The latest Arbitron Inc. radio ratings show the central Indiana market is becoming far more competitive, with the
top stations separated only by fractions of a point.
WFMS-FM 95.5, a country-music station owned by Atlanta-based Cumulus Media, kept the top spot during the ratings period, which ran from June 25 to Sept. 16, but saw its lead shrink from a year ago.
WFMS scored a 7.8 rating among listeners 12-plus, meaning on average that 7.8 percent of the central Indiana market was listening, according to New York-based Arbitron Inc., the top provider of U.S. radio ratings. WFMS scored a 9.3 during the same period a year ago.
Urban music stations WHHH-FM 96.3 and WTLC-FM 106.7, both owned by Maryland-based Radio One, have climbed steadily in the ratings over the last year. WHHH, an urban contemporary hits station, was the second-rated station among listeners 12-plus at 7.6, according to Arbitron. WTLC, an urban adult contemporary station, was No. 3 with a 7.3 rating.
“This is part of doing things right, listening to what the listeners want and staying relevant to those listeners,” said Chuck Williams, Radio One’s local market manager.
Local Radio One stations have used listener focus groups and databases to keep their music “fresher,” Williams said.
“Every station is specializing now, and the market has compressed,” Williams said. “Gone are the days when stations earn a 10 rating. From here on out, I think you’ll see stations separated by tenths of a point, not whole points. Today, more than ever, stations really have to be in tune with what their listeners want.”
Classic rock powerhouse WFBQ-FM 94.7, owned by San Antonio-based Clear Channel Communications, and news station WIBC-FM 93.1, owned by locally based Emmis Communications Corp., saw their ratings slip compared with the same period a year ago. WIBC finished No. 4 and WFBQ was No. 5.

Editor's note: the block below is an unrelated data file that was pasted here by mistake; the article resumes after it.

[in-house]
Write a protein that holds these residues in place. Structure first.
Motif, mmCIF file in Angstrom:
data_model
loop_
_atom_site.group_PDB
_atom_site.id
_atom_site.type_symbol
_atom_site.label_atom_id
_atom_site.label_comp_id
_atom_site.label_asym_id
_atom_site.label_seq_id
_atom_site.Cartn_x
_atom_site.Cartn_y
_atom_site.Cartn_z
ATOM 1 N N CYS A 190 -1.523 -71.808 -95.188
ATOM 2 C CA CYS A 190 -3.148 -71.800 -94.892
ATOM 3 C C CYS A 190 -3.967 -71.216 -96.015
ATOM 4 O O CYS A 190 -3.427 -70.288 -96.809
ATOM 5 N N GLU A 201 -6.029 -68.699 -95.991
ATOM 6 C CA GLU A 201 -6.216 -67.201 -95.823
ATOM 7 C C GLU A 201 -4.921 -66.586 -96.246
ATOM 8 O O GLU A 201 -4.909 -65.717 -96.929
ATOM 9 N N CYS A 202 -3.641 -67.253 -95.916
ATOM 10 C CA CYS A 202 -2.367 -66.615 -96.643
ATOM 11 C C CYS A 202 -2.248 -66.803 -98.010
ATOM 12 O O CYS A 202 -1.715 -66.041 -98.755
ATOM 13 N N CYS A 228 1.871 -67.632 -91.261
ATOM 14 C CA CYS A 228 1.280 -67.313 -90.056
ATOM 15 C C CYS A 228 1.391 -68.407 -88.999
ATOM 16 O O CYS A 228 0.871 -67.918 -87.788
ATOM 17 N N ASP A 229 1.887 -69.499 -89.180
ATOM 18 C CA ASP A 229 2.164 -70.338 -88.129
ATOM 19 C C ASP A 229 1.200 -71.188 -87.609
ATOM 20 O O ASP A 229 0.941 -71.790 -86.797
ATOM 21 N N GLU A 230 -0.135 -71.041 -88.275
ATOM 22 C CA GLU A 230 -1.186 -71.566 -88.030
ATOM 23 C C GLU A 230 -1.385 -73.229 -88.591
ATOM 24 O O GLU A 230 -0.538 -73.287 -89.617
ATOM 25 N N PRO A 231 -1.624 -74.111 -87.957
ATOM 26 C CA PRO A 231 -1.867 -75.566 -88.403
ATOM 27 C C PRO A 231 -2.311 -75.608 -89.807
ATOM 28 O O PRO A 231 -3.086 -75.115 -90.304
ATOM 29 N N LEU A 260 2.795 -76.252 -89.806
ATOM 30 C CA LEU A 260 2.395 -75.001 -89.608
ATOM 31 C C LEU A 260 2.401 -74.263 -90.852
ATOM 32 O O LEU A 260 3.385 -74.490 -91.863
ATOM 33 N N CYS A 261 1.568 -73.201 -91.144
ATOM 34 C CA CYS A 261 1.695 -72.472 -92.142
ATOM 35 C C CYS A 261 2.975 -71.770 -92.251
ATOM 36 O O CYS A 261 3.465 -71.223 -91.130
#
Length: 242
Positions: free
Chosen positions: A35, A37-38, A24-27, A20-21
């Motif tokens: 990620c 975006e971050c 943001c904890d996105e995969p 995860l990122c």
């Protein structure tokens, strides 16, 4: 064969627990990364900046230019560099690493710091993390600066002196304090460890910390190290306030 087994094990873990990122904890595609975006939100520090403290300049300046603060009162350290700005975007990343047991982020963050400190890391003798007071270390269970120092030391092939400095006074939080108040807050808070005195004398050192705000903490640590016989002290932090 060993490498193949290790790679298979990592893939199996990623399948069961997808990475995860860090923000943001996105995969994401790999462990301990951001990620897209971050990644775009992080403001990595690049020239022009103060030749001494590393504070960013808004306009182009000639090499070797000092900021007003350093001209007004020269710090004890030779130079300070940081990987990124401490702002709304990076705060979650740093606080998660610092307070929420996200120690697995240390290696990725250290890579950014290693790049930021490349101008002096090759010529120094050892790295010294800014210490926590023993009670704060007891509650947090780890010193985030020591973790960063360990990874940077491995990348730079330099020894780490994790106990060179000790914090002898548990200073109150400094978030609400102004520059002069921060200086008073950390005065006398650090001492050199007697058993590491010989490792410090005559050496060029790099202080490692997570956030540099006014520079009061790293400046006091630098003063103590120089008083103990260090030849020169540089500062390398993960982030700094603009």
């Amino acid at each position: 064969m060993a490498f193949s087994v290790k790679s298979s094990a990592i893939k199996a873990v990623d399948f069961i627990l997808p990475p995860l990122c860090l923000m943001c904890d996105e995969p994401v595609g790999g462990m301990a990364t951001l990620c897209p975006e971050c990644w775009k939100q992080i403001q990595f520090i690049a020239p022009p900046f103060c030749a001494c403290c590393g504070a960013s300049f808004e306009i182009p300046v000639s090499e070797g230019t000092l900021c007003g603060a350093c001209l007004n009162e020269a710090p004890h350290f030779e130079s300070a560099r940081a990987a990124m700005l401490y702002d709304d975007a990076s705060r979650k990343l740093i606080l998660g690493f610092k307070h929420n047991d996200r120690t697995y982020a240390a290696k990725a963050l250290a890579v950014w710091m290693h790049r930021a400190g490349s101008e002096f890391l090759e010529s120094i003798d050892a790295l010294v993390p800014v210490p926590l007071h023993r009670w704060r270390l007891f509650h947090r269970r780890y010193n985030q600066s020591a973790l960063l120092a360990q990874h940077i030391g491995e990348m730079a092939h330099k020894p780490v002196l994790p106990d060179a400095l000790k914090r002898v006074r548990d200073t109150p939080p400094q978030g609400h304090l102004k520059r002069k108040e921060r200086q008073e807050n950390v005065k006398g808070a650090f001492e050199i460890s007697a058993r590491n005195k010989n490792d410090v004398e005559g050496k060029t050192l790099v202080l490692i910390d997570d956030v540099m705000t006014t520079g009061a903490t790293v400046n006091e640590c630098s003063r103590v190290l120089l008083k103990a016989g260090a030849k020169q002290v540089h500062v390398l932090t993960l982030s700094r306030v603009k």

While WFMS has seen its ratings drop, Emmis-owned country station, WLHK-FM 97.1—also known as Hank—has seen its ratings climb in the 12-plus category, from 3.5 during the summer of 2008 ratings period to 4.5 during the same period this year.
“It’s very interesting that WFMS is falling at the same time WLHK is climbing,” said long-time local media buyer Bill Perkins. “That’s a trend that bears watching.”
Perkins is at a loss to explain WFMS’ falling ratings, but added that Radio One has succeeded by giving its station operators the power to make decisions locally.
“You have to stay close to your audience,” Perkins said. “That’s the bottom line.”
Cumulus’ Indianapolis market manager, Chris Wheat, was traveling and not available for comment.
Emmis officials, meanwhile, said they are pleased with WLHK’s gains, while not overly concerned with WIBC’s ratings decline from 6.9 during summer 2008 to 5.8 this summer.
Bob Richards, operations manager of Emmis’ local radio stations, credits WLHK’s rating increase to “subtle changes in programming, promotion and presentation.”
Kent Sterling, program manager for Emmis’ WIBC, said a temporary drop in the news/talk station’s ratings was expected. In October 2007, Emmis moved WIBC from 1070 AM to 93.1 FM. More recently the station has changed morning and afternoon content to become more current and newsy.
“We’ve really changed almost everything on the station,” Sterling said. “As expected, we alienated some listeners, but we feel in the long run, we’ll build a new, bigger audience.”